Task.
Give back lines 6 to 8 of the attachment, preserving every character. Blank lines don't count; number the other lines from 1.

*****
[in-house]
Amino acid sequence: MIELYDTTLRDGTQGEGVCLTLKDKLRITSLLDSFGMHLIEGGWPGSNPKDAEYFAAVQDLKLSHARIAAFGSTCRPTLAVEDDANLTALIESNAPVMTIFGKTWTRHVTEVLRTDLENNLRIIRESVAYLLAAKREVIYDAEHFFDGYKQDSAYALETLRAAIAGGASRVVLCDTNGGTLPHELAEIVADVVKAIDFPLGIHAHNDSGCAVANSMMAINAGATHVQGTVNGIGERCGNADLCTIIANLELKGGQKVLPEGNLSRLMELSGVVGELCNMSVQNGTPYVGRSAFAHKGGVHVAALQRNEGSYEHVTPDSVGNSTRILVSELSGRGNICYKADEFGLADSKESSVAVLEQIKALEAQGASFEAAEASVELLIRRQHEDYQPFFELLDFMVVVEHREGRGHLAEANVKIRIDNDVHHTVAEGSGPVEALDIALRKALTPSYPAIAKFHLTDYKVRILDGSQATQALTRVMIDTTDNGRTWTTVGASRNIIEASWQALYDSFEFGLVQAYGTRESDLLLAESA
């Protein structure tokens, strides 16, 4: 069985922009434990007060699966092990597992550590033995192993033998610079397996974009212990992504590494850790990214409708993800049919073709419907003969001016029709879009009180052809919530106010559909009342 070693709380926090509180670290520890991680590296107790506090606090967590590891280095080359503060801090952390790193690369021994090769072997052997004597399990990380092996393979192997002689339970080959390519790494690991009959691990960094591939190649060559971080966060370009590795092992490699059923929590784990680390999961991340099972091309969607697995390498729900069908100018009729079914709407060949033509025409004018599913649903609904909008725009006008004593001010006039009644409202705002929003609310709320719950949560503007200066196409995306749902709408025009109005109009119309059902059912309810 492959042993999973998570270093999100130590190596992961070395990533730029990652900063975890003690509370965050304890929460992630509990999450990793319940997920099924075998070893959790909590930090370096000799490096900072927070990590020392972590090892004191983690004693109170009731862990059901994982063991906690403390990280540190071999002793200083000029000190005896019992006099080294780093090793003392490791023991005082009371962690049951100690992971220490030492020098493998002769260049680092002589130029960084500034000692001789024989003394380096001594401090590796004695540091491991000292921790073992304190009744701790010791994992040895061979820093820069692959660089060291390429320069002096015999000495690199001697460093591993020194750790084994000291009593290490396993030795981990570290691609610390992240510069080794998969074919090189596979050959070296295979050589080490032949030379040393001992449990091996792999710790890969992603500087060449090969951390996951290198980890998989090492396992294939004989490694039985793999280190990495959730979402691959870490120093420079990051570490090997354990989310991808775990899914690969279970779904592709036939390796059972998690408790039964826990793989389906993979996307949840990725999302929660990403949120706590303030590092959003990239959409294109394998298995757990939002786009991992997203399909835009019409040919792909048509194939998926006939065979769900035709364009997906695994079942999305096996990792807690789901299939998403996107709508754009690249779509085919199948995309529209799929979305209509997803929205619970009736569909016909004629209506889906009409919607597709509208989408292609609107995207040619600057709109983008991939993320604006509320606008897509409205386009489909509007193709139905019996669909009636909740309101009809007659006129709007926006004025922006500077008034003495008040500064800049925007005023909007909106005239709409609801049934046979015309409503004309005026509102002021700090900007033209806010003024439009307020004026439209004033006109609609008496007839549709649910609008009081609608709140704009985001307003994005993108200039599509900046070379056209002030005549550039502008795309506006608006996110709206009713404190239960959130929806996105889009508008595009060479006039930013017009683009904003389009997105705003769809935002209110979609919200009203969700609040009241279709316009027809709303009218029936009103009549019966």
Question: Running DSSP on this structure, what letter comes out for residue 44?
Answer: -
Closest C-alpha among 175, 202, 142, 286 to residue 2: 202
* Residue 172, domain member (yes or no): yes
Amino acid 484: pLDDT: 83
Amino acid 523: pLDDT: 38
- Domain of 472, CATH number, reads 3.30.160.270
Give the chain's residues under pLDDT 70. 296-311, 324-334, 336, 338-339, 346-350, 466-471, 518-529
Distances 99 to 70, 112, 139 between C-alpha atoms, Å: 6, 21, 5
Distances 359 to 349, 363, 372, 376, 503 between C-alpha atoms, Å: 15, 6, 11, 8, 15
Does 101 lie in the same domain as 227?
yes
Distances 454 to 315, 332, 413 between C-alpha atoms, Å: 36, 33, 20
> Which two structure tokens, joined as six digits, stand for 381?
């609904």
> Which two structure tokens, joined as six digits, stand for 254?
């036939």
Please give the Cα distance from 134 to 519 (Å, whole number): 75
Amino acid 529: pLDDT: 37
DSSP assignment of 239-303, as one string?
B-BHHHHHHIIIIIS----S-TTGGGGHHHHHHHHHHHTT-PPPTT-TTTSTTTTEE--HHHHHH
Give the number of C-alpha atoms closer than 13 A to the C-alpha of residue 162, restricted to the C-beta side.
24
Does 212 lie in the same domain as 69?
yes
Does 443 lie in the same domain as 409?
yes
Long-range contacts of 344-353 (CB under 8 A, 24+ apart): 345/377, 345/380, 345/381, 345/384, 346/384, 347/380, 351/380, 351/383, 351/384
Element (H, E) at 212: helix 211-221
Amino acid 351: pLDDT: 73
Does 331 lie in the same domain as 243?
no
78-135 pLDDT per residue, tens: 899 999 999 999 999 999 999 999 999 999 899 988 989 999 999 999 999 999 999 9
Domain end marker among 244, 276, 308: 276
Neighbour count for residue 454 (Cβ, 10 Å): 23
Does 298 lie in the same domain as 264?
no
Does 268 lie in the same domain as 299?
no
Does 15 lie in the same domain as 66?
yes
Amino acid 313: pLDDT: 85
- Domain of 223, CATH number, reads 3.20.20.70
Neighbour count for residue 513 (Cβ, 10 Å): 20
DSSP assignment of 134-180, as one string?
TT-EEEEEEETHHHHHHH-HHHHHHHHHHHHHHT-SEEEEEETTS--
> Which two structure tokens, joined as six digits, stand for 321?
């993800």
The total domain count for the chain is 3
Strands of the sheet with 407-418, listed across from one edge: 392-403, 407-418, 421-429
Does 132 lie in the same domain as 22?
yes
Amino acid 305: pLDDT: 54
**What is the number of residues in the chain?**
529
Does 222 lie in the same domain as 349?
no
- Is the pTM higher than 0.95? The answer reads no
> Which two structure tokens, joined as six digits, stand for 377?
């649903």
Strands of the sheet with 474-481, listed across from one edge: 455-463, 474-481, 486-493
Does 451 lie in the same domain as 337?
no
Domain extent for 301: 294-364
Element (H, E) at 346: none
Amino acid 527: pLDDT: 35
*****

Closest C-alpha among 175, 202, 142, 286 to residue 2: 202
* Residue 172, domain member (yes or no): yes
Amino acid 484: pLDDT: 83